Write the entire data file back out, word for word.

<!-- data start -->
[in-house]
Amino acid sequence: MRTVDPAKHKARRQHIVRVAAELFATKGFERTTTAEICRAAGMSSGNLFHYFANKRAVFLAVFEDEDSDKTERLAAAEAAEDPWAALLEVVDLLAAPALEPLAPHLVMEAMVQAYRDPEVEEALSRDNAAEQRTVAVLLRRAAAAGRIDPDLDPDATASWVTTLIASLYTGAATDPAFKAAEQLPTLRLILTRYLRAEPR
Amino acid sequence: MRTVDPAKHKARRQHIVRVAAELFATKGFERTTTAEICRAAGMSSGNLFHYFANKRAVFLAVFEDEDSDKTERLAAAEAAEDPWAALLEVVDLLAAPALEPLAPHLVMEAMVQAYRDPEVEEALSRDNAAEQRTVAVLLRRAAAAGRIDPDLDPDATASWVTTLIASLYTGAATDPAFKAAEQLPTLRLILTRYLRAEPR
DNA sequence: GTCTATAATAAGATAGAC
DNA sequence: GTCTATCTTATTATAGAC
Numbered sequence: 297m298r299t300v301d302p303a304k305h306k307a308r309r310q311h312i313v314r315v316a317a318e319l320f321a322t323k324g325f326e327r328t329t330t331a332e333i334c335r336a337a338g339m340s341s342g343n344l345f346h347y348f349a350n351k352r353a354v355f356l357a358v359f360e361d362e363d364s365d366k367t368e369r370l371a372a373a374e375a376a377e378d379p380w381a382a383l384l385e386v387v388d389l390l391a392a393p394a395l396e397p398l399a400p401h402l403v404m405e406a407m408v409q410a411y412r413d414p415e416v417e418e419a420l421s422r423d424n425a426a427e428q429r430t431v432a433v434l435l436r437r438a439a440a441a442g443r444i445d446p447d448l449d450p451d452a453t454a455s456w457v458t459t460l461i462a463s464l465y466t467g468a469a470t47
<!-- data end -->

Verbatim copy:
[in-house]
Amino acid sequence: MRTVDPAKHKARRQHIVRVAAELFATKGFERTTTAEICRAAGMSSGNLFHYFANKRAVFLAVFEDEDSDKTERLAAAEAAEDPWAALLEVVDLLAAPALEPLAPHLVMEAMVQAYRDPEVEEALSRDNAAEQRTVAVLLRRAAAAGRIDPDLDPDATASWVTTLIASLYTGAATDPAFKAAEQLPTLRLILTRYLRAEPR
Amino acid sequence: MRTVDPAKHKARRQHIVRVAAELFATKGFERTTTAEICRAAGMSSGNLFHYFANKRAVFLAVFEDEDSDKTERLAAAEAAEDPWAALLEVVDLLAAPALEPLAPHLVMEAMVQAYRDPEVEEALSRDNAAEQRTVAVLLRRAAAAGRIDPDLDPDATASWVTTLIASLYTGAATDPAFKAAEQLPTLRLILTRYLRAEPR
DNA sequence: GTCTATAATAAGATAGAC
DNA sequence: GTCTATCTTATTATAGAC
Numbered sequence: 297m298r299t300v301d302p303a304k305h306k307a308r309r310q311h312i313v314r315v316a317a318e319l320f321a322t323k324g325f326e327r328t329t330t331a332e333i334c335r336a337a338g339m340s341s342g343n344l345f346h347y348f349a350n351k352r353a354v355f356l357a358v359f360e361d362e363d364s365d366k367t368e369r370l371a372a373a374e375a376a377e378d379p380w381a382a383l384l385e386v387v388d389l390l391a392a393p394a395l396e397p398l399a400p401h402l403v404m405e406a407m408v409q410a411y412r413d414p415e416v417e418e419a420l421s422r423d424n425a426a427e428q429r430t431v432a433v434l435l436r437r438a439a440a441a442g443r444i445d446p447d448l449d450p451d452a453t454a455s456w457v458t459t460l461i462a463s464l465y466t467g468a469a470t47